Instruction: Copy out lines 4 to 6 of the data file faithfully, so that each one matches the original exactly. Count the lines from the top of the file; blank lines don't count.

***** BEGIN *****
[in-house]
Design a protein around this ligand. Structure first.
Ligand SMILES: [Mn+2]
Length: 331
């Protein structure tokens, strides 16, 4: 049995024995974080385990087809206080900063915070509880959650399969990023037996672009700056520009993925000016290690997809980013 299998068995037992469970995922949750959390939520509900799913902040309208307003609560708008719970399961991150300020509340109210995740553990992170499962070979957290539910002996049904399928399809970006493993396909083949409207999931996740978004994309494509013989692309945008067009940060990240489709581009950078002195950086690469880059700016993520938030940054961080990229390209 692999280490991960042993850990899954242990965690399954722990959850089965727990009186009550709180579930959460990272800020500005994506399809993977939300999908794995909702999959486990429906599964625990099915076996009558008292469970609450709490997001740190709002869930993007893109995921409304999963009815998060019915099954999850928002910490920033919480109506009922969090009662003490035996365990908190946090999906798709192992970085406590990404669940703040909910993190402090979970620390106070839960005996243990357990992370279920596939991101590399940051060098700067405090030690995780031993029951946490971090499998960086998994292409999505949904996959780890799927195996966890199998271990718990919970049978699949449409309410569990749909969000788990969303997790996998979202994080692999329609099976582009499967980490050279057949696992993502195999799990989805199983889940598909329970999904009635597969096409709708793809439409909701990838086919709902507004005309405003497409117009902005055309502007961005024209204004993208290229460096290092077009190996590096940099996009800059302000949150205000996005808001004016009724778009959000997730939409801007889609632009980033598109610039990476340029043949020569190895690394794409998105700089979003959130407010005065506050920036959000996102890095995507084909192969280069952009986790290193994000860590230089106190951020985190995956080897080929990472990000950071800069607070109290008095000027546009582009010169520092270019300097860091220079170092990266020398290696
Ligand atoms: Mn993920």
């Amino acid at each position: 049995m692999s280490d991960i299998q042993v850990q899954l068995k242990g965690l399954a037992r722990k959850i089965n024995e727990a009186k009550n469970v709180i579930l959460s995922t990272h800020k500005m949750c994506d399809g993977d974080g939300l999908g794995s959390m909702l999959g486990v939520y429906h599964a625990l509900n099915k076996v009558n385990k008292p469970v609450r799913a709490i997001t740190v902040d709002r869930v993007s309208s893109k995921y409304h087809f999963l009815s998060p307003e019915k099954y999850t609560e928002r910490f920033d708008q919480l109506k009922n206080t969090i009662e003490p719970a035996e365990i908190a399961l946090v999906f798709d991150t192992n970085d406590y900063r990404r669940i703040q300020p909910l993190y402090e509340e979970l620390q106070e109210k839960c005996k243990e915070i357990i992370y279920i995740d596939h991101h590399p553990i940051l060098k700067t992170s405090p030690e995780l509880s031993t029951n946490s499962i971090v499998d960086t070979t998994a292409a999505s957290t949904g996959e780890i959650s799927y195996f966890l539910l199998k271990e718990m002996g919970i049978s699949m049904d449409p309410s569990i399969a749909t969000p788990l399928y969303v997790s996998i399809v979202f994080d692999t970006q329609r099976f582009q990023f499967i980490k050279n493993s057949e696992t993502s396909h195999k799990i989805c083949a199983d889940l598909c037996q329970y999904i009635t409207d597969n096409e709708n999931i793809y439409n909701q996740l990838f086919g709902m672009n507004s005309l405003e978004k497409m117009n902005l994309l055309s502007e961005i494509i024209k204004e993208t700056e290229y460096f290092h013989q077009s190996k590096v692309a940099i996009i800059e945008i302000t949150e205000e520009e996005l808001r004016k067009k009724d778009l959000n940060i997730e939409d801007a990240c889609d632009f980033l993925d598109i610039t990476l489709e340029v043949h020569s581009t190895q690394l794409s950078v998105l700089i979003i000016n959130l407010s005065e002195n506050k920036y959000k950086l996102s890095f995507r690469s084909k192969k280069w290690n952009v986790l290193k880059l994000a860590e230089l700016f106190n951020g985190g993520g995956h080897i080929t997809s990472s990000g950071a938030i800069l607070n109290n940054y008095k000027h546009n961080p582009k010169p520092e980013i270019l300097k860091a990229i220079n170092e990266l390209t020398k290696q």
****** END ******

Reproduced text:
Length: 331
């Protein structure tokens, strides 16, 4: 049995024995974080385990087809206080900063915070509880959650399969990023037996672009700056520009993925000016290690997809980013 299998068995037992469970995922949750959390939520509900799913902040309208307003609560708008719970399961991150300020509340109210995740553990992170499962070979957290539910002996049904399928399809970006493993396909083949409207999931996740978004994309494509013989692309945008067009940060990240489709581009950078002195950086690469880059700016993520938030940054961080990229390209 692999280490991960042993850990899954242990965690399954722990959850089965727990009186009550709180579930959460990272800020500005994506399809993977939300999908794995909702999959486990429906599964625990099915076996009558008292469970609450709490997001740190709002869930993007893109995921409304999963009815998060019915099954999850928002910490920033919480109506009922969090009662003490035996365990908190946090999906798709192992970085406590990404669940703040909910993190402090979970620390106070839960005996243990357990992370279920596939991101590399940051060098700067405090030690995780031993029951946490971090499998960086998994292409999505949904996959780890799927195996966890199998271990718990919970049978699949449409309410569990749909969000788990969303997790996998979202994080692999329609099976582009499967980490050279057949696992993502195999799990989805199983889940598909329970999904009635597969096409709708793809439409909701990838086919709902507004005309405003497409117009902005055309502007961005024209204004993208290229460096290092077009190996590096940099996009800059302000949150205000996005808001004016009724778009959000997730939409801007889609632009980033598109610039990476340029043949020569190895690394794409998105700089979003959130407010005065506050920036959000996102890095995507084909192969280069952009986790290193994000860590230089106190951020985190995956080897080929990472990000950071800069607070109290008095000027546009582009010169520092270019300097860091220079170092990266020398290696
Ligand atoms: Mn993920």